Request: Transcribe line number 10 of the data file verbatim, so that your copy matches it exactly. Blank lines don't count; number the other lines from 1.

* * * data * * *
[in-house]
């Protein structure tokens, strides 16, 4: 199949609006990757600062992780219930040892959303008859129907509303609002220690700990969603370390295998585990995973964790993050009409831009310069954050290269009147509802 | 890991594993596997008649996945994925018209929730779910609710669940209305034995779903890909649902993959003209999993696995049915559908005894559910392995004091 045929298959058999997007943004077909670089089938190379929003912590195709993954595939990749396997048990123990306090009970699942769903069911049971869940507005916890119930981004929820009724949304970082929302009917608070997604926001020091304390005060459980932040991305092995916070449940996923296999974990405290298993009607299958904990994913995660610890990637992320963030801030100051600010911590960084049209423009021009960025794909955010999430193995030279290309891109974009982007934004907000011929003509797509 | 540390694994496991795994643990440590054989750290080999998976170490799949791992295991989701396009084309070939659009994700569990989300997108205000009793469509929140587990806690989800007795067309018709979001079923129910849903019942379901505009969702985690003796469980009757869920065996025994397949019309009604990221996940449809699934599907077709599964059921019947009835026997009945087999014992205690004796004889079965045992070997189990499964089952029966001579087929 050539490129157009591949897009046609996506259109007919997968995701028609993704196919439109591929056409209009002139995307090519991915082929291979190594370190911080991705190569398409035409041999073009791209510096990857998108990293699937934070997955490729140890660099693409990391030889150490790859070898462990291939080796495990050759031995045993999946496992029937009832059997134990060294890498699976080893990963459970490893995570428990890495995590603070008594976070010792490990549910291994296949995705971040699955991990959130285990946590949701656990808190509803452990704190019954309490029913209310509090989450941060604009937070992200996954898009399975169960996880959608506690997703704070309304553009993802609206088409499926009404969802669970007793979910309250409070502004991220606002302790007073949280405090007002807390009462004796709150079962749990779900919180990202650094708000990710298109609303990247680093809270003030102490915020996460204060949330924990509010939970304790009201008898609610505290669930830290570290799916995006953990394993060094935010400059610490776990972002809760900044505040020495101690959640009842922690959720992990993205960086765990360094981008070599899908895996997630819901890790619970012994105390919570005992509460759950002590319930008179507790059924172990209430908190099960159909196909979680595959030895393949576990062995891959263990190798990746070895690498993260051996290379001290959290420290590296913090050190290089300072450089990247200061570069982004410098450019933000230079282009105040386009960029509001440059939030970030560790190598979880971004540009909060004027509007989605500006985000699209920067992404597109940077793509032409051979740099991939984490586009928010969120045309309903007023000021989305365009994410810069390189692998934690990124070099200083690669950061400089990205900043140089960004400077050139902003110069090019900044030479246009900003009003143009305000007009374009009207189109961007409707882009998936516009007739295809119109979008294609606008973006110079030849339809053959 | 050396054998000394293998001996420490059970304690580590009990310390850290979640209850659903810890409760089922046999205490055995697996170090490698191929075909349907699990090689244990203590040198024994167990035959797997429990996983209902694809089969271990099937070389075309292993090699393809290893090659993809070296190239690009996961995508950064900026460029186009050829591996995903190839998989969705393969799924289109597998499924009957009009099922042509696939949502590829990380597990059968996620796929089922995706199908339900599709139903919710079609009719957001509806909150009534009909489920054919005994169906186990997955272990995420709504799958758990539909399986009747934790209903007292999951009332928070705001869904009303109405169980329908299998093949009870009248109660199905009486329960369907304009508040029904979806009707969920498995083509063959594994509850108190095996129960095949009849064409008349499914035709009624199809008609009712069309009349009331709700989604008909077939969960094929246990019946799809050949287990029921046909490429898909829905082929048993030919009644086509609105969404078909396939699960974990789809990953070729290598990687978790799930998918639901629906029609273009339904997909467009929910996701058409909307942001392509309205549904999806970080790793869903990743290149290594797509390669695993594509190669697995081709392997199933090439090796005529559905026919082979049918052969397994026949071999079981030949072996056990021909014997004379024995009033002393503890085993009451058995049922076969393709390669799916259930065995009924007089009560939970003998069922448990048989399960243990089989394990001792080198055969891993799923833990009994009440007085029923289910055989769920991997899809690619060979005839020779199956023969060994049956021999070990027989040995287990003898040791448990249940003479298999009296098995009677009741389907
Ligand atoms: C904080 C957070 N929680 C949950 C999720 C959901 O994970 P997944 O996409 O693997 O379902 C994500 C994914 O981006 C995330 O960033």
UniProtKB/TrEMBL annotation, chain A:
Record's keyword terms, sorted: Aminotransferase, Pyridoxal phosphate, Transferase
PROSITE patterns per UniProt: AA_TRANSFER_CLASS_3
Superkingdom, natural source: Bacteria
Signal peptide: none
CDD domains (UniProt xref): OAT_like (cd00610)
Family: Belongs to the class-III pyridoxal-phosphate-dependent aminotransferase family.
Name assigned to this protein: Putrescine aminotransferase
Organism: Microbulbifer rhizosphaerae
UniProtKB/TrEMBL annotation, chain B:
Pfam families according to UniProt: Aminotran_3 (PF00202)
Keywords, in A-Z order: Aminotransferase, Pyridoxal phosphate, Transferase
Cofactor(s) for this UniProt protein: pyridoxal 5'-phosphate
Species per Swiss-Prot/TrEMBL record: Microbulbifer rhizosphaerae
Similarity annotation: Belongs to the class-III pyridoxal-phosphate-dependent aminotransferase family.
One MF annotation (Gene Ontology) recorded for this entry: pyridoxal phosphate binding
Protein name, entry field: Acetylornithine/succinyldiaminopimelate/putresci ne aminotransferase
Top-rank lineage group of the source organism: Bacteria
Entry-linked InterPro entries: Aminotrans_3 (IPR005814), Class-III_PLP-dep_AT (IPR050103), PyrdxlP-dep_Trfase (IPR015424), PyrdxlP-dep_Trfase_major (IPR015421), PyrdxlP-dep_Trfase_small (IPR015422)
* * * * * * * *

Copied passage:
Family: Belongs to the class-III pyridoxal-phosphate-dependent aminotransferase family.